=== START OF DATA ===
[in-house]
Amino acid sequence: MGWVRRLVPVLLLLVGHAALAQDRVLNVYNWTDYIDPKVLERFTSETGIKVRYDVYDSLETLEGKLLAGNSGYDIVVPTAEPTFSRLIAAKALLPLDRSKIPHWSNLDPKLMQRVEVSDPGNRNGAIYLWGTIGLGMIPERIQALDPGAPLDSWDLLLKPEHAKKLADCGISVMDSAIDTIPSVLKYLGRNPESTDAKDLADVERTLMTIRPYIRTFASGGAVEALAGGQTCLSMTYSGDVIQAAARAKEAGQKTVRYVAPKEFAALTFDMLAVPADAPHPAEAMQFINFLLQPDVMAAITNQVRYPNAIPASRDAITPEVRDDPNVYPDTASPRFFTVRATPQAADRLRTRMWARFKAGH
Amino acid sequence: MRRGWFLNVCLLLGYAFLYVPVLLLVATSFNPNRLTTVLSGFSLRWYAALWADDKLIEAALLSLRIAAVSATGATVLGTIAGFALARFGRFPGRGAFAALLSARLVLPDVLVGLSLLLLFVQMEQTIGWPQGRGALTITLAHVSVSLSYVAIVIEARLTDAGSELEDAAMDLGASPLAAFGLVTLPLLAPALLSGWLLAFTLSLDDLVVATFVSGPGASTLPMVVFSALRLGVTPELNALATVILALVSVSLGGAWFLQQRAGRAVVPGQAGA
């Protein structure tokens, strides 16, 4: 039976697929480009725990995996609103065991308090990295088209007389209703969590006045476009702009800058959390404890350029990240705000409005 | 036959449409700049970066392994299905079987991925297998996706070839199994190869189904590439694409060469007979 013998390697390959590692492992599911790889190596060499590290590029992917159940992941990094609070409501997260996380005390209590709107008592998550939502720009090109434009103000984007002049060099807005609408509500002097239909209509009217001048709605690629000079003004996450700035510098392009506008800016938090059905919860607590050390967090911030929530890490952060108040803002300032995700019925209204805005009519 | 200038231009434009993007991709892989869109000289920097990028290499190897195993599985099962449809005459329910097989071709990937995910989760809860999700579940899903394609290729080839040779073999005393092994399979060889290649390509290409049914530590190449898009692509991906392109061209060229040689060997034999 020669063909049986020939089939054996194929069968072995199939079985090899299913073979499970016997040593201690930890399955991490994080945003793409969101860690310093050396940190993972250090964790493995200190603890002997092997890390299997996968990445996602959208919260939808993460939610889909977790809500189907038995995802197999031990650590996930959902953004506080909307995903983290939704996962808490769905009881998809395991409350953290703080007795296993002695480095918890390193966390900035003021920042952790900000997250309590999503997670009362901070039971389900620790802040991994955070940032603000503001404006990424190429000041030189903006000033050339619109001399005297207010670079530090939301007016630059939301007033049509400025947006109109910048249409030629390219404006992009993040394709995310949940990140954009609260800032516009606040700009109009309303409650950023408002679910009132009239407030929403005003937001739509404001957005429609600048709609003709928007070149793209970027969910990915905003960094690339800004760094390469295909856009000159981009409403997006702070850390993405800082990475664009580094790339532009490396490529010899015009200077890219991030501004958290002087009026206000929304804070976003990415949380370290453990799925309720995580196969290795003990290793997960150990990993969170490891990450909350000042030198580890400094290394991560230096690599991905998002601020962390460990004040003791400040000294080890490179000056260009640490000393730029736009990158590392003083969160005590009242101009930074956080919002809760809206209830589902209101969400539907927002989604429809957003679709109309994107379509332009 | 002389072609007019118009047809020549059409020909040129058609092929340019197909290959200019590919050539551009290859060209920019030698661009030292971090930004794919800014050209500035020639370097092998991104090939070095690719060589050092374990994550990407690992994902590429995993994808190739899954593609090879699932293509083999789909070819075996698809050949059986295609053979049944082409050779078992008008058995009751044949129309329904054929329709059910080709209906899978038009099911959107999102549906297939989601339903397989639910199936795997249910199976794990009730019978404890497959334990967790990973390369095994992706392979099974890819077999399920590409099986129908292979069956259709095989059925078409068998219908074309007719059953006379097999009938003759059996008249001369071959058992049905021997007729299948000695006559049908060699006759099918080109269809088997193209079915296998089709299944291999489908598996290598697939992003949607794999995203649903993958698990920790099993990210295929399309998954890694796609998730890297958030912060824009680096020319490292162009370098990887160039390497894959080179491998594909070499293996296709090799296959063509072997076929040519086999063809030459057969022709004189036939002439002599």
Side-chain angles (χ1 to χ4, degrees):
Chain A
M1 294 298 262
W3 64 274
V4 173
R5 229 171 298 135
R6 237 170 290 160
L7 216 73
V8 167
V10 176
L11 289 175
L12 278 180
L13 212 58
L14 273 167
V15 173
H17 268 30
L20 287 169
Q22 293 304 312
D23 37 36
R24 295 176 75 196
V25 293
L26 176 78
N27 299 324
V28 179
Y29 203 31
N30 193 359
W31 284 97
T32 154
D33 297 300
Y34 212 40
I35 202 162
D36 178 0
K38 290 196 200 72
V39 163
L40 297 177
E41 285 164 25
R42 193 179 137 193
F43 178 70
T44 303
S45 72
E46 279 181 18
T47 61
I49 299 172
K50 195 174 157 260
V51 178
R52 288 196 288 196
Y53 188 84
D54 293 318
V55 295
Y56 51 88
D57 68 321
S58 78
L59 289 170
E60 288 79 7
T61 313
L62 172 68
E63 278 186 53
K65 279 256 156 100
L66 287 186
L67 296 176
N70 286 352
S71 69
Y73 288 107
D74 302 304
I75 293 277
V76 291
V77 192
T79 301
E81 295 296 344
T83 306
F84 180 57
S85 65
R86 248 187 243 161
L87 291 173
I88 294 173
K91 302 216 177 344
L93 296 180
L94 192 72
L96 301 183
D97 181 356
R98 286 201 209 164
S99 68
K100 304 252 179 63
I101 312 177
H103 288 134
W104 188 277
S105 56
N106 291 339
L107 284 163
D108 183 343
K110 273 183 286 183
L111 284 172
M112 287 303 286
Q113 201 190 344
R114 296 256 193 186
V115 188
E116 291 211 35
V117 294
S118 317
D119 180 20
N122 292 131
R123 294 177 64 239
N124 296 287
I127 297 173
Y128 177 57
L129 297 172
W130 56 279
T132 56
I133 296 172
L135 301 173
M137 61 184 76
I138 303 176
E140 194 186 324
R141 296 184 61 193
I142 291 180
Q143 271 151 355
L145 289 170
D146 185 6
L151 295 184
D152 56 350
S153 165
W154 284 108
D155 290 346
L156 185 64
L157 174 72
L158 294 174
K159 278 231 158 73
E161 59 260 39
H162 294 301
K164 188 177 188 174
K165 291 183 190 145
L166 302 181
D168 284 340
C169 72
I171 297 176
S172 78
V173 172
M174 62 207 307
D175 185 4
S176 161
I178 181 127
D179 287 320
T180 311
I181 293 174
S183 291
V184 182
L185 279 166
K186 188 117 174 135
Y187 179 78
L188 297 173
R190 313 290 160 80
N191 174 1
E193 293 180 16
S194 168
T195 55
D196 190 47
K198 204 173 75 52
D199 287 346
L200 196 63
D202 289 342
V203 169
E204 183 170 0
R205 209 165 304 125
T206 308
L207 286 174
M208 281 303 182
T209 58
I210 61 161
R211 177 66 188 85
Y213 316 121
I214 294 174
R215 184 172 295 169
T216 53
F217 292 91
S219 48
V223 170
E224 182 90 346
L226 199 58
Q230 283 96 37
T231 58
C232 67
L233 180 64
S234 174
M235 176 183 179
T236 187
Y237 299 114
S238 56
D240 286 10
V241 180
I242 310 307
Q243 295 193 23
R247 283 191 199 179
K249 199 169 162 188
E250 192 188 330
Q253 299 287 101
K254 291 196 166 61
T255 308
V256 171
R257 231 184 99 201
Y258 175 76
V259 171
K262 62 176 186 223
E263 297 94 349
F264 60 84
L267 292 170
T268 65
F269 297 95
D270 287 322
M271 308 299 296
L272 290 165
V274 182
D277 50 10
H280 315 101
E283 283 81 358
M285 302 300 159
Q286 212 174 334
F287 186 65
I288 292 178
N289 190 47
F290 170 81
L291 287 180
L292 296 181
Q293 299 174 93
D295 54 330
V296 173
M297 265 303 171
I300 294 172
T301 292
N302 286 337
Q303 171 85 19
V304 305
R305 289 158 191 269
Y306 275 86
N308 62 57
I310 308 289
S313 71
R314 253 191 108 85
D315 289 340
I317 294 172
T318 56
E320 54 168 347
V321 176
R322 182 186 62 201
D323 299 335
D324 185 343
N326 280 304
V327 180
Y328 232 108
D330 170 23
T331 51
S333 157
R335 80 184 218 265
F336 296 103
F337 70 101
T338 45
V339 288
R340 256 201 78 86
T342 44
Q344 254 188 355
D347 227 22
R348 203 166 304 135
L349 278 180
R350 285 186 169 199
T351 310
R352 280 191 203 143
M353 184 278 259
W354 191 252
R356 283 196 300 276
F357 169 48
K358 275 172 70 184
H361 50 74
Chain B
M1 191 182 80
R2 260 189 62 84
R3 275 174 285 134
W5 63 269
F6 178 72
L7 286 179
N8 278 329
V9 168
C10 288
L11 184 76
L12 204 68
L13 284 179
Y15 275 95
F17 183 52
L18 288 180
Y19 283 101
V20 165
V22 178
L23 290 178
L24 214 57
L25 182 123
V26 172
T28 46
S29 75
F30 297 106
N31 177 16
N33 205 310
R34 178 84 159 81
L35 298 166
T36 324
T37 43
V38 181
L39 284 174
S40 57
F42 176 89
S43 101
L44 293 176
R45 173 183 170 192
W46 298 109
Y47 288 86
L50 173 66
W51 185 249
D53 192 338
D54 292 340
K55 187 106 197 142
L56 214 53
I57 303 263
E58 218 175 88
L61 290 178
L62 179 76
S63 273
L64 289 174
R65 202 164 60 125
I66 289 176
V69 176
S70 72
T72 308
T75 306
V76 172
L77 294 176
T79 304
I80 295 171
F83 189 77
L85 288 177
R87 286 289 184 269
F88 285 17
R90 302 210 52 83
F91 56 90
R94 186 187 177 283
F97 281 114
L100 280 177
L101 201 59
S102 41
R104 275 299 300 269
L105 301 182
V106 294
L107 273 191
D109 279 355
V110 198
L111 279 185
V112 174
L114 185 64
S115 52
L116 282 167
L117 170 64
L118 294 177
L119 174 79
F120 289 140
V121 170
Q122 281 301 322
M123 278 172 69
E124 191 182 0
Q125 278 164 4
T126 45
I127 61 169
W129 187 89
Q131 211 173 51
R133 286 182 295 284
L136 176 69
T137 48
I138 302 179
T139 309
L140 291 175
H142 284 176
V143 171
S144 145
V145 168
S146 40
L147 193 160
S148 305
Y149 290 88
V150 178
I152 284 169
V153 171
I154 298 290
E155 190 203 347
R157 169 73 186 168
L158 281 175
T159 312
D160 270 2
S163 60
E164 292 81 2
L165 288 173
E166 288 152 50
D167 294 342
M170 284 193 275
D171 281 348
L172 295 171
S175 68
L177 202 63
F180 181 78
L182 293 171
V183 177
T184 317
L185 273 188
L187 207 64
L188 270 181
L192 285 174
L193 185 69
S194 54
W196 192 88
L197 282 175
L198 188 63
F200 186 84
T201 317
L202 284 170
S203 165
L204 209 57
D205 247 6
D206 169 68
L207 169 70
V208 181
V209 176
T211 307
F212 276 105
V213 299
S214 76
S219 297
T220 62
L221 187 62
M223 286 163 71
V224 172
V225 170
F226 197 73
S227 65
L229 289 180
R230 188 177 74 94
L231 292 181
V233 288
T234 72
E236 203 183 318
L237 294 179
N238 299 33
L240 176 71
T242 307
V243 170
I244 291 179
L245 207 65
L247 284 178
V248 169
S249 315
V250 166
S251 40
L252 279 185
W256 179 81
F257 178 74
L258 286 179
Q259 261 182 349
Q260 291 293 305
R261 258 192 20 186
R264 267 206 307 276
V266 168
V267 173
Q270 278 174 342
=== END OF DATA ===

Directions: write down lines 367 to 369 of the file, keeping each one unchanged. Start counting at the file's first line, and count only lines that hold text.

M123 278 172 69
E124 191 182 0
Q125 278 164 4